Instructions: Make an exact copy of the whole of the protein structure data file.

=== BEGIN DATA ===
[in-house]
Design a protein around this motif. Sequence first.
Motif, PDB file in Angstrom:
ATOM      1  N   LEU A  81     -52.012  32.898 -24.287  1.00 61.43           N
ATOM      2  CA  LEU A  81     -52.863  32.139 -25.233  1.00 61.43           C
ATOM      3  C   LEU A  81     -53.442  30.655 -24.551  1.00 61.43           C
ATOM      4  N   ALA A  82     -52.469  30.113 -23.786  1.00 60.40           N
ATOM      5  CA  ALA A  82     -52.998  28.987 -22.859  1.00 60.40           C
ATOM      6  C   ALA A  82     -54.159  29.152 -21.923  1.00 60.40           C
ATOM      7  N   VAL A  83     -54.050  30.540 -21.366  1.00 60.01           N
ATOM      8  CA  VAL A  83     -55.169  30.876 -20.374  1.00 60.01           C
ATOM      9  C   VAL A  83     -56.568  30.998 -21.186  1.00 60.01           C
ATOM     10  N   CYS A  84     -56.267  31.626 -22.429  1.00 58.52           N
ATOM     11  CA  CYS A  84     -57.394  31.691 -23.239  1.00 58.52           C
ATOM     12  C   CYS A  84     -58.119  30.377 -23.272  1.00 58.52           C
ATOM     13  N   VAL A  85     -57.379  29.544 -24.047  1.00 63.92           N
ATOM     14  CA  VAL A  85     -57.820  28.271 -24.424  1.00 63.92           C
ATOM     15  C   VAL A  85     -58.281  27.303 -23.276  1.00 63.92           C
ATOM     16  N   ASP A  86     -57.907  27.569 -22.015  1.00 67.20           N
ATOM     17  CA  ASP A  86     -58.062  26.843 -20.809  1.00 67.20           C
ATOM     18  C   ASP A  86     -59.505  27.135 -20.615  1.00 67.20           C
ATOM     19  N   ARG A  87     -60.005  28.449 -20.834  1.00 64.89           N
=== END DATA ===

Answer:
[in-house]
Design a protein around this motif. Sequence first.
Motif, PDB file in Angstrom:
ATOM      1  N   LEU A  81     -52.012  32.898 -24.287  1.00 61.43           N
ATOM      2  CA  LEU A  81     -52.863  32.139 -25.233  1.00 61.43           C
ATOM      3  C   LEU A  81     -53.442  30.655 -24.551  1.00 61.43           C
ATOM      4  N   ALA A  82     -52.469  30.113 -23.786  1.00 60.40           N
ATOM      5  CA  ALA A  82     -52.998  28.987 -22.859  1.00 60.40           C
ATOM      6  C   ALA A  82     -54.159  29.152 -21.923  1.00 60.40           C
ATOM      7  N   VAL A  83     -54.050  30.540 -21.366  1.00 60.01           N
ATOM      8  CA  VAL A  83     -55.169  30.876 -20.374  1.00 60.01           C
ATOM      9  C   VAL A  83     -56.568  30.998 -21.186  1.00 60.01           C
ATOM     10  N   CYS A  84     -56.267  31.626 -22.429  1.00 58.52           N
ATOM     11  CA  CYS A  84     -57.394  31.691 -23.239  1.00 58.52           C
ATOM     12  C   CYS A  84     -58.119  30.377 -23.272  1.00 58.52           C
ATOM     13  N   VAL A  85     -57.379  29.544 -24.047  1.00 63.92           N
ATOM     14  CA  VAL A  85     -57.820  28.271 -24.424  1.00 63.92           C
ATOM     15  C   VAL A  85     -58.281  27.303 -23.276  1.00 63.92           C
ATOM     16  N   ASP A  86     -57.907  27.569 -22.015  1.00 67.20           N
ATOM     17  CA  ASP A  86     -58.062  26.843 -20.809  1.00 67.20           C
ATOM     18  C   ASP A  86     -59.505  27.135 -20.615  1.00 67.20           C
ATOM     19  N   ARG A  87     -60.005  28.449 -20.834  1.00 64.89           N